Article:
HOT HOMESCHOOL NOTEBOOKING TIP: With freestyle notebooking, resist the urge to try to force organization on your child. Allow them the liberty to learn and grow from Notebooking and figure out their own system of organization. Certainly, you can make suggestions such as keeping a table of contents. But, ultimately, freestyle notebooking is your child's opportunity to figure out their own style of recordkeeping.

Notebooking can be done for all ages of children. Freestyle notebooking allows children to create the pages as they wish. They simply add into the notebook whatever content they wish in whatever style best suits them.

Types of Homeschool Notebooking Content Expression

  1. Drawings (especially handy for non-readers and writers)
  2. Collages with photographs
  3. Paintings or other art media
  4. Writing - stories, plays, poetry
  5. Mixed media - paint, newspaper clippings, decorative wallpaper etc.

It really is that simple!

Freestyle Homeschool Notebooking Examples (Using Math)

Even math can be "freestyled" into a notebook! Yes, really! Math seems to be relegated to organized curriculum including textbook, lecture, and workbook learning.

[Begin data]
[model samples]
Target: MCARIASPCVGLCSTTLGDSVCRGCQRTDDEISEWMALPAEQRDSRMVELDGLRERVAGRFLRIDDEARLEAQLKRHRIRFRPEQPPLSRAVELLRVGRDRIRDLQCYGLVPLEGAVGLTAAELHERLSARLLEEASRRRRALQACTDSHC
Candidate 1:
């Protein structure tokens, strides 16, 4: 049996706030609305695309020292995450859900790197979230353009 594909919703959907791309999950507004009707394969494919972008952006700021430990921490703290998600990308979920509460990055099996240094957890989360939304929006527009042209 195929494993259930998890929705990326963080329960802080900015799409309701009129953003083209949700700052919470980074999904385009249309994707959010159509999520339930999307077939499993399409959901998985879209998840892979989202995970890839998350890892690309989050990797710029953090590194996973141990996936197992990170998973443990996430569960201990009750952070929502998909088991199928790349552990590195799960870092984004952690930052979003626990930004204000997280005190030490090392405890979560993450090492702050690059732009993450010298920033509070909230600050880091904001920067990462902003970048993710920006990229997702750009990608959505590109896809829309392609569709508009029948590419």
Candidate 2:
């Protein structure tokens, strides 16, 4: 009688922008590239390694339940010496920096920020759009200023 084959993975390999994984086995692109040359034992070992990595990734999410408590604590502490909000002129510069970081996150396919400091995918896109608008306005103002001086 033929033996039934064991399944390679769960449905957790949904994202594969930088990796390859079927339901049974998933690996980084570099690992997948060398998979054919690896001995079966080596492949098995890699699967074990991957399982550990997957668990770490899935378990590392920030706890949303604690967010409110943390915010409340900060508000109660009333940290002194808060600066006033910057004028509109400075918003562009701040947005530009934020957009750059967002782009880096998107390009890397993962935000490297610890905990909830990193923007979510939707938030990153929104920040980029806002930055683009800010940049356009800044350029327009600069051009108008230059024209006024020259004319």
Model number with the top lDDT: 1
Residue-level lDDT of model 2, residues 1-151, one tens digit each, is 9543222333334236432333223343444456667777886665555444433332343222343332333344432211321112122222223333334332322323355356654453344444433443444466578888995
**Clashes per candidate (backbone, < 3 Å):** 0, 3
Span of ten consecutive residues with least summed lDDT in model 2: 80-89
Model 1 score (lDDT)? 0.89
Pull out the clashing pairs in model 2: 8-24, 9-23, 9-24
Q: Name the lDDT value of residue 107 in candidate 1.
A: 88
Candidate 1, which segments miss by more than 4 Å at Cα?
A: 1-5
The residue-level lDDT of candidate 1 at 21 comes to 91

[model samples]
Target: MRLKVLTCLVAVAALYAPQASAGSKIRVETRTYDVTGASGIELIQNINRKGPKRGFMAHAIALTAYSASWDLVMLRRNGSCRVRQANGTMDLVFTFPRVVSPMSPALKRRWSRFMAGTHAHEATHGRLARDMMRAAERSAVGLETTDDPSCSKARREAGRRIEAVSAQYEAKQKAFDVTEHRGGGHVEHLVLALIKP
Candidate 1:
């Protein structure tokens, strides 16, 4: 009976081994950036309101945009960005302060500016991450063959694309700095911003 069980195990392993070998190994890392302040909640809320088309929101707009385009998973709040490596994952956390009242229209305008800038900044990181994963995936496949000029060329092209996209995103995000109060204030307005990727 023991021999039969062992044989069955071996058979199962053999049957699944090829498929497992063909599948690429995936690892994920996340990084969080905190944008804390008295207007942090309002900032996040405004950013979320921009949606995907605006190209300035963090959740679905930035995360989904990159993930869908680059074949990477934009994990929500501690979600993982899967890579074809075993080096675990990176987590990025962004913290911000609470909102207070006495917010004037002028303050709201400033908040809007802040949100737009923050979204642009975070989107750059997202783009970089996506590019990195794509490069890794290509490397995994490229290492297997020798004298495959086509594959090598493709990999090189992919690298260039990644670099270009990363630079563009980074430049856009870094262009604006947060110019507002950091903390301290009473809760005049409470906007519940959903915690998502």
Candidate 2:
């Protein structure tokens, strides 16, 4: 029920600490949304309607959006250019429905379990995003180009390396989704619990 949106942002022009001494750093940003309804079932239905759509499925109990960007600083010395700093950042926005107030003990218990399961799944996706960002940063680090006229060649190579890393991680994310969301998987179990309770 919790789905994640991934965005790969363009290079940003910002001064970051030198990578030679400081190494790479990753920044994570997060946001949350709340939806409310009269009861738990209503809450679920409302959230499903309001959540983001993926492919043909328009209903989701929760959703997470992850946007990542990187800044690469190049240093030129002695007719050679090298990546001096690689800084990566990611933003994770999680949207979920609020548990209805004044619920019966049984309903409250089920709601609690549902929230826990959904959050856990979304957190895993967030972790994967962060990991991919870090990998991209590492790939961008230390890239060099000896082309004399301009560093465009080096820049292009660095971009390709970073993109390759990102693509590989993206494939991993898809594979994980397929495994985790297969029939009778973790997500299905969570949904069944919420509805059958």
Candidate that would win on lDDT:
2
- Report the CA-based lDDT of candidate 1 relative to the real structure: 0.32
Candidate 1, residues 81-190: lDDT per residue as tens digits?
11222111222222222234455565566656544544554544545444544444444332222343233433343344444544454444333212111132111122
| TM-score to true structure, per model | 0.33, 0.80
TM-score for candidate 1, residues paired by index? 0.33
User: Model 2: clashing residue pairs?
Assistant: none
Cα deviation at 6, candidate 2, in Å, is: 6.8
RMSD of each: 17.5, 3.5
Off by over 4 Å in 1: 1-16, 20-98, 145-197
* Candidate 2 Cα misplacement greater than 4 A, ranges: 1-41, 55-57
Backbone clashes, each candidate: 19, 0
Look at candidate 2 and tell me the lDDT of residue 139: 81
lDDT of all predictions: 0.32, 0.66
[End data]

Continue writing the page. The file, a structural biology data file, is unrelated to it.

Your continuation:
But, I beg to differ.

Math is BEST learned in its context and what better way to learn math for children then through recording their free play math games in their journals.

Below are some photographs of my own notebooks over the years. These are similar to how I've guided my online and in-person homeschool learners to create their notebooks.

Here I am showing off three notebook types I've had for many years. The back blank black book is a hardback journal, the middle green lined notebook is obviously a spiral bound journal, and finally, the small blank red notebook was bound with a string. I still have all three of these notebooks!

Below is an example of a child-made freestyle mini collection of notebooks, of which I had created at 8 years old! These were created by cutting out tiny sheets of paper, drawing and coloring on them, and finally taping them together. I STILL have these tiny math notebooks and the tape still holds them together!

Below are internal workings of my MathArt unlined journal.

Here is a rich and fun example of finding math in a beautiful wildflower called a Trout lily.

My hope is that you'll find inspiration in this post for your homeshool, shuck off unwanted and unnecessary curriculum in place of notebooking your way through your K - 12 home experience.

Be sure to check out more of NatureGlo's eScience journals, logbooks and composition notebooks on Amazon.

Talk soon,